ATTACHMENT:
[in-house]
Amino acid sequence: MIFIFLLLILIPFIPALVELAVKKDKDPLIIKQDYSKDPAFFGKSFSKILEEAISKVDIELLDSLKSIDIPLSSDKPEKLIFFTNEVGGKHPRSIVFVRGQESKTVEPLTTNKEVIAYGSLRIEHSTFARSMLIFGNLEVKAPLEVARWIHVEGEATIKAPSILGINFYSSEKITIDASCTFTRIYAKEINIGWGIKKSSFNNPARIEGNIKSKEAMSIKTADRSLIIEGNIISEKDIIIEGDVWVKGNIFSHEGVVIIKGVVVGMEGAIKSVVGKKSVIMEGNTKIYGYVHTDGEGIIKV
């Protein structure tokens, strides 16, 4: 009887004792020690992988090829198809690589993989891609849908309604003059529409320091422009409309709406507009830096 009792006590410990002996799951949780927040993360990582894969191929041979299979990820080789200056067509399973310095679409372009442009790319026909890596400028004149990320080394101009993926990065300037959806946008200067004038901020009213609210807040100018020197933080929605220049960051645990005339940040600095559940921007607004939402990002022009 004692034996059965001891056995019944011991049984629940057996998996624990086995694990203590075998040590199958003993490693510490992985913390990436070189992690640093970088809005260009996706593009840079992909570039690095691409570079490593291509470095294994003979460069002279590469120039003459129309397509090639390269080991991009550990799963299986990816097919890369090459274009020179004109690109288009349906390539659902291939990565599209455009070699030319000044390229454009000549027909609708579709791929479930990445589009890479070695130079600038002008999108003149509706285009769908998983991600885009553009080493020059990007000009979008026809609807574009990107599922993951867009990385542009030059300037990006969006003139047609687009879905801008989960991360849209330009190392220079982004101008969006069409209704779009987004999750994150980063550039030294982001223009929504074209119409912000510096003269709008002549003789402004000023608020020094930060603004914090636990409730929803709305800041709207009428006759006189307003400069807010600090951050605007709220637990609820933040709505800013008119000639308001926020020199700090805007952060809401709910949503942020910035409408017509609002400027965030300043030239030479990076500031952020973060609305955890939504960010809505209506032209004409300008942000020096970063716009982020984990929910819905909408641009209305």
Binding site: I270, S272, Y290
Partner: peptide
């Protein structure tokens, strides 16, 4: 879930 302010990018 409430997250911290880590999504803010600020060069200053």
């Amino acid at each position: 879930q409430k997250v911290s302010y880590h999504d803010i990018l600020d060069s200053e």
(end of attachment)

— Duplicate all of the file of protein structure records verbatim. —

[in-house]
Amino acid sequence: MIFIFLLLILIPFIPALVELAVKKDKDPLIIKQDYSKDPAFFGKSFSKILEEAISKVDIELLDSLKSIDIPLSSDKPEKLIFFTNEVGGKHPRSIVFVRGQESKTVEPLTTNKEVIAYGSLRIEHSTFARSMLIFGNLEVKAPLEVARWIHVEGEATIKAPSILGINFYSSEKITIDASCTFTRIYAKEINIGWGIKKSSFNNPARIEGNIKSKEAMSIKTADRSLIIEGNIISEKDIIIEGDVWVKGNIFSHEGVVIIKGVVVGMEGAIKSVVGKKSVIMEGNTKIYGYVHTDGEGIIKV
């Protein structure tokens, strides 16, 4: 009887004792020690992988090829198809690589993989891609849908309604003059529409320091422009409309709406507009830096 009792006590410990002996799951949780927040993360990582894969191929041979299979990820080789200056067509399973310095679409372009442009790319026909890596400028004149990320080394101009993926990065300037959806946008200067004038901020009213609210807040100018020197933080929605220049960051645990005339940040600095559940921007607004939402990002022009 004692034996059965001891056995019944011991049984629940057996998996624990086995694990203590075998040590199958003993490693510490992985913390990436070189992690640093970088809005260009996706593009840079992909570039690095691409570079490593291509470095294994003979460069002279590469120039003459129309397509090639390269080991991009550990799963299986990816097919890369090459274009020179004109690109288009349906390539659902291939990565599209455009070699030319000044390229454009000549027909609708579709791929479930990445589009890479070695130079600038002008999108003149509706285009769908998983991600885009553009080493020059990007000009979008026809609807574009990107599922993951867009990385542009030059300037990006969006003139047609687009879905801008989960991360849209330009190392220079982004101008969006069409209704779009987004999750994150980063550039030294982001223009929504074209119409912000510096003269709008002549003789402004000023608020020094930060603004914090636990409730929803709305800041709207009428006759006189307003400069807010600090951050605007709220637990609820933040709505800013008119000639308001926020020199700090805007952060809401709910949503942020910035409408017509609002400027965030300043030239030479990076500031952020973060609305955890939504960010809505209506032209004409300008942000020096970063716009982020984990929910819905909408641009209305």
Binding site: I270, S272, Y290
Partner: peptide
């Protein structure tokens, strides 16, 4: 879930 302010990018 409430997250911290880590999504803010600020060069200053």
């Amino acid at each position: 879930q409430k997250v911290s302010y880590h999504d803010i990018l600020d060069s200053e």